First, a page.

12 Steps include a variety of applicable principles that can help patients modify negative behaviors, prevent relapse, and maintain lasting recovery. In a study by Litchke et al., (2021) exploring changes in emotional well-being, they combined recreation therapy, complementary physical and creative arts activities, followed by a 12-step Christian meeting, twice a week for 2 hours over a 6-week period. Results revealed a 27% reduction in anxiety and a decrease in perceived stress of 24%. Negative mood symptoms also reduced by 13%.
The 12 Steps are an example of a holistic (integrated) approach at its best– adaptable to a wide range of maladies, but in its essence, about the way we live now. They can be integrated into therapy (CBT, MBSR, DBT), however, they are not evidenced based practices. The effectiveness in holistic adaptations focus on mind, body, and spirit and the need for the individual to assume responsibility for the maintenance of health and wellness, rather than assigning it solely to a professional (McMillin, 2015).
A study by Bacon (CalSouthern, 2013) found the twelve steps are complementary from a biological, psychological, and behavioral (social) perspective on addiction. They promote abstinence (containment) and support (fellowship). The first obstacle is abstinence and containing the “allergy” (alcohol, substance) then treatment (counseling) The question becomes, “How do you prevent (sustain) relapse?” Anxiety, depression, avoidance are consequences of withdrawal (and active use).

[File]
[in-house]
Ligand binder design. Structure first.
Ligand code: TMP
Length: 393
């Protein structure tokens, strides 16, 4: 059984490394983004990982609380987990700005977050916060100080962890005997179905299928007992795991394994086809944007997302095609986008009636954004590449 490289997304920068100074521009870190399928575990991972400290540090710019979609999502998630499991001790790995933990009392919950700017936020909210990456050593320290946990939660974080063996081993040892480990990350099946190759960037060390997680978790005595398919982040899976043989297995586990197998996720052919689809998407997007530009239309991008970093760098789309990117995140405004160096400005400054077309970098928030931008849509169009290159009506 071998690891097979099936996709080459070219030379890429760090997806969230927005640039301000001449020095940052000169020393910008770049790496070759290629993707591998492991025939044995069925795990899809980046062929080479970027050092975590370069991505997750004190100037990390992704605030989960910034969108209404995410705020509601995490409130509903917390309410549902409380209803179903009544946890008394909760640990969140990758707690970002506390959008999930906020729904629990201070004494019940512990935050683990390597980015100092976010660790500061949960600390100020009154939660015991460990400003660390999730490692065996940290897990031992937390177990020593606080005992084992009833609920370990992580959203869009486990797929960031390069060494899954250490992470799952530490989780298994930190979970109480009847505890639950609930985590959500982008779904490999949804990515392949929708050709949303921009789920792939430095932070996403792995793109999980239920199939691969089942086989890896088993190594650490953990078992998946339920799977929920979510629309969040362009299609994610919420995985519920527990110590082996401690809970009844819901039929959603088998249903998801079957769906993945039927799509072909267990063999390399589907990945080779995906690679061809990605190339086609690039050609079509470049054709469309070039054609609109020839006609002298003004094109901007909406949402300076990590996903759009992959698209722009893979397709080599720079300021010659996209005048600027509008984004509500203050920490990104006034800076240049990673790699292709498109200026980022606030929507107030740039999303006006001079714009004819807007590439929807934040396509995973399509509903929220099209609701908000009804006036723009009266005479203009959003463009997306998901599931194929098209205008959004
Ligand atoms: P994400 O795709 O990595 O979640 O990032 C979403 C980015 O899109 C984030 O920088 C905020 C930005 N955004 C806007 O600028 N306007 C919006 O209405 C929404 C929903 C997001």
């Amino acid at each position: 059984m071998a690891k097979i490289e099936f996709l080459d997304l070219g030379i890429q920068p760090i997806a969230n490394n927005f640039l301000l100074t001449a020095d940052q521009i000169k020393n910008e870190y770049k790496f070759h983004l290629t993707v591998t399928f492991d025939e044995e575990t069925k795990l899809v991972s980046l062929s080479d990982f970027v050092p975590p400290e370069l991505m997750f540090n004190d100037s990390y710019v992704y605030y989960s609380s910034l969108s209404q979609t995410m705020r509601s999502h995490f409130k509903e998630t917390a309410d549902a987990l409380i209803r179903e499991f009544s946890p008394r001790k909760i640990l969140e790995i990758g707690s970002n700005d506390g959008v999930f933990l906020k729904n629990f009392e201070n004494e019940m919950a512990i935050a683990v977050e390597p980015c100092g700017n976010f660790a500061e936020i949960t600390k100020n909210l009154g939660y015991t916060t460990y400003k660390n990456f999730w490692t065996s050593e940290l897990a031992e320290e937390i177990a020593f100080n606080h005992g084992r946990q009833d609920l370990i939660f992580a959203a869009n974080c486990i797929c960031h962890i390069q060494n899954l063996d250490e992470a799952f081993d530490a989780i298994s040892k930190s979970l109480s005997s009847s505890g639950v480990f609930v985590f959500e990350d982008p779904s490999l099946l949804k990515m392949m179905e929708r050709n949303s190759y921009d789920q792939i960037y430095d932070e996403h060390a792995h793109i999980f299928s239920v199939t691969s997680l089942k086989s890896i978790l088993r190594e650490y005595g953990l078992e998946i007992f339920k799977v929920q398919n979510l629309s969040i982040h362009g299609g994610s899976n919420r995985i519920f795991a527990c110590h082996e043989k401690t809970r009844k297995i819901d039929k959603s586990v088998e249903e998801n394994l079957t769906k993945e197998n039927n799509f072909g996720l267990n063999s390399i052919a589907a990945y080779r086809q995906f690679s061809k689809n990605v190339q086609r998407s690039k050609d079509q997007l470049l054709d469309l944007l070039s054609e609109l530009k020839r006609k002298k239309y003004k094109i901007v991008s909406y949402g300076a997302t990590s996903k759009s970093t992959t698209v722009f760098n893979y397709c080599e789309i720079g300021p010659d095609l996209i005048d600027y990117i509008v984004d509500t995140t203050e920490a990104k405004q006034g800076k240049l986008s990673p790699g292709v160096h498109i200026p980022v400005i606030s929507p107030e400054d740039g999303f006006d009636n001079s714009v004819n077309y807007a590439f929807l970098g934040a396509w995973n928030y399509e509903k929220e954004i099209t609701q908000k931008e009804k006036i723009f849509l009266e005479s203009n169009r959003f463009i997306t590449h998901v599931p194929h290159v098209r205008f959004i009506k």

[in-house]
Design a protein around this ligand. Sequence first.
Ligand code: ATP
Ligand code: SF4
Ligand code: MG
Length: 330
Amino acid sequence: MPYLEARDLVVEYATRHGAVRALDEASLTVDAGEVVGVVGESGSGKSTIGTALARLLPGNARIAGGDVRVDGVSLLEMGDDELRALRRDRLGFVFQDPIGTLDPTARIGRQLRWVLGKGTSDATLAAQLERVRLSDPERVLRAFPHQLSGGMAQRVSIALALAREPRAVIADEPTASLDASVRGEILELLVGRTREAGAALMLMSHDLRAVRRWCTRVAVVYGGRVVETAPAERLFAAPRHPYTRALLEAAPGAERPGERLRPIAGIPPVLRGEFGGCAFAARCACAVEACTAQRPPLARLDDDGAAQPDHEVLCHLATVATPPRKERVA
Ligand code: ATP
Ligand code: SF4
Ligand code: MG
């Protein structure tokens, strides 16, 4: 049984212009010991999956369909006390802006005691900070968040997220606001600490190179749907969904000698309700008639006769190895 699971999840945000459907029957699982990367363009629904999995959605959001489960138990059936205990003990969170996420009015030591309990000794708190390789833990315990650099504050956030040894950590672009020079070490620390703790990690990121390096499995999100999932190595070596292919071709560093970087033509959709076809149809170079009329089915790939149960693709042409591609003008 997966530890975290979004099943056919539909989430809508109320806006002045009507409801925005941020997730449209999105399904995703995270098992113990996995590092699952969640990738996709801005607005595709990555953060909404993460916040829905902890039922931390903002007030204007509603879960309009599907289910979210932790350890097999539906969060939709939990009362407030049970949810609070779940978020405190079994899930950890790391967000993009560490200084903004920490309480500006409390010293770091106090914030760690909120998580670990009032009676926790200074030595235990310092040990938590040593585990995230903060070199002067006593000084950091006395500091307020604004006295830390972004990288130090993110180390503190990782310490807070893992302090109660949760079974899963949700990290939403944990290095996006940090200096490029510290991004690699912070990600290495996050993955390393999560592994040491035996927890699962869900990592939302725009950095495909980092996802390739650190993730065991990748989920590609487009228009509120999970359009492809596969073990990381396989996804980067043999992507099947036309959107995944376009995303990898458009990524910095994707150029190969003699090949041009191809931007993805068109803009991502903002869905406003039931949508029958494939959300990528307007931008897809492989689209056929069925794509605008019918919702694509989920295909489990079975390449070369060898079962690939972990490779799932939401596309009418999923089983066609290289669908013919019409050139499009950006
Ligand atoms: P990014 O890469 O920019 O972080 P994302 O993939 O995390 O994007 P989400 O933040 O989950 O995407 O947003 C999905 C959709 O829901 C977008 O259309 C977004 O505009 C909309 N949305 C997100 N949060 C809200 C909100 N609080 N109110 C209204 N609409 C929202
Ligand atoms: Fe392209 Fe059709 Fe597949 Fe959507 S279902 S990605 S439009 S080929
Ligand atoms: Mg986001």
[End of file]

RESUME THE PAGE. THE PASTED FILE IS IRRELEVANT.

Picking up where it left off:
As a counselor (BHP, PC) from an integrated approach, is the patient heading in the direction of healing, if relapse occurs? It is here where a 12-spiritual program addresses emotional growth alongside behavior change.
The Bacon study (CalSouthern, 2013) recommends for counselors to attend 6-12 meetings a year to familiarize and genuinely partner with the patient in understanding what challenges they are facing, like the expression, “working together where the right hand truly knows what the left hand is doing and vice versa.”
CalSouthern Psychology. (2013, April 12). Integrating therapy with 12-step programs by Dr. Bob Weathers. You Tube. https://yout.be/fHgV780SjFE
Litchke, L. G., Quinn, B., Turner, K., & Trapp, K. (2021). Therapeutic recreation activities combined with a 12-step faith-based program for adults experiencing addiction, mental health, and Homelessness: A case study. Alcoholism Treatment Quarterly, 40(2), 217–228. https://doi.org/10.1080/07347324.2021.1981181
McMillin, S. C. (2015). 12 step is holistic: Bridging the gap between treatment and recovery. Treatment Recovery Systems. https://treatmentandrecoverysystems.com/12-step-is-holistic/